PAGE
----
Background: Until few years ago, all neoplastic cells within a tumour were suggested to have tumorigenic capacity, but recent evidences hint to the possibility that such feature is confined to a subset of Cancer Initiating Cells (CICs), also called Cancer Stem Cells (CSCs). These cells are the reservoir of the heterogeneous populations of differentiated cancer cells constituting the tumour bulk. Mechanisms shared with somatic stem cells, such as quiescence, self-renewal ability, asymmetric division and multidrug resistance, allow to these cells to drive tumour growth and to evade conventional therapy. Objective: Here, we give a brief overview on the origin of CICs, the mechanisms involved in chemoresistance and therapeutic implications. Conclusion: Current cancer treatments, based on the assumption that tumour cell population responds homogeneously, have been developed to eradicate proliferating cells. The new model of tumorigenesis entails significant therapeutic implications, in fact if a small fraction of CICs survives conventional therapy it may lead to recurrence after month or years of apparent remission. Selective targeting of CICs could eliminate the tumour from the root, overcoming the emergence of clones capable of evading traditional therapy and increasing overall disease free survival.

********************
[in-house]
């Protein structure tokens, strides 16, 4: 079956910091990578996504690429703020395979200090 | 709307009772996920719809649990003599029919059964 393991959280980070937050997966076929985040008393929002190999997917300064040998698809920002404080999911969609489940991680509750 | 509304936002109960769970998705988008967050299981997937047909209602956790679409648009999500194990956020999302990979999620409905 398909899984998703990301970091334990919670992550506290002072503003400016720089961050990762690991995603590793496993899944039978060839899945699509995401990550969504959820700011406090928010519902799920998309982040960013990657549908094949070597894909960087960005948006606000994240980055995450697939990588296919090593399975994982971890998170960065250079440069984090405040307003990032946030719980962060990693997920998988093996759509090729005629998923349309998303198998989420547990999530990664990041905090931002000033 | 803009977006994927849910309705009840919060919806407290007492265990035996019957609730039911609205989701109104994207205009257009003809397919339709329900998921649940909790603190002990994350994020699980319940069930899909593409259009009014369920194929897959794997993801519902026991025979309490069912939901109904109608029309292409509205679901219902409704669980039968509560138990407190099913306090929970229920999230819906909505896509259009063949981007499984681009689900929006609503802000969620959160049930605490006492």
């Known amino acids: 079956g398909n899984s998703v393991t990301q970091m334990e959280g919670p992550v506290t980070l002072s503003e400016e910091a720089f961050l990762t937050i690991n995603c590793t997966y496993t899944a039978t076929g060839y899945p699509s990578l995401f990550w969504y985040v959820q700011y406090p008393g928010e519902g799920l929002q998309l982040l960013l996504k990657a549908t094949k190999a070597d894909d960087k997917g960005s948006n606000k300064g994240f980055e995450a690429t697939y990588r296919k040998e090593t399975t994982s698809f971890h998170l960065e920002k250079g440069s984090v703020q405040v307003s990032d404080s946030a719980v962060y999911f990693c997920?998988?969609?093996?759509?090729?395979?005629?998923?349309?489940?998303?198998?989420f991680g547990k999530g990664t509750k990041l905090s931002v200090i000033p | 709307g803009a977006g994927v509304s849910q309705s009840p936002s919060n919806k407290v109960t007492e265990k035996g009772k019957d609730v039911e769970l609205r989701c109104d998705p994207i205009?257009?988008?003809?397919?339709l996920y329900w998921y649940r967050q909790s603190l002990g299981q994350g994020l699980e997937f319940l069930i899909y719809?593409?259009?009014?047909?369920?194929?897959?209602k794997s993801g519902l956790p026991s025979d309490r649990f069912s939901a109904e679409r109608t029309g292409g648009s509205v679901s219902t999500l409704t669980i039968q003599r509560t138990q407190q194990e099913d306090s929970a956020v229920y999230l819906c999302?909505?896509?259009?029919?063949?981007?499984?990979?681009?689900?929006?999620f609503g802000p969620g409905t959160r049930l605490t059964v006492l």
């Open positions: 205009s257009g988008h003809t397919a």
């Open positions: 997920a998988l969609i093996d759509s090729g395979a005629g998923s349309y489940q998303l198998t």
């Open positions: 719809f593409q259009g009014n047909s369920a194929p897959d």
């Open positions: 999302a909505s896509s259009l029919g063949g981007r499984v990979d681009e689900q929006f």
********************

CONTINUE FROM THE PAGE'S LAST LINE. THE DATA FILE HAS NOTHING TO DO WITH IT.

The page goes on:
|Numero di pagine||12|
|Rivista||Expert Opinion on Biological Therapy|
|Stato di pubblicazione||Published - 2009|
All Science Journal Classification (ASJC) codes
- Drug Discovery
- Clinical Biochemistry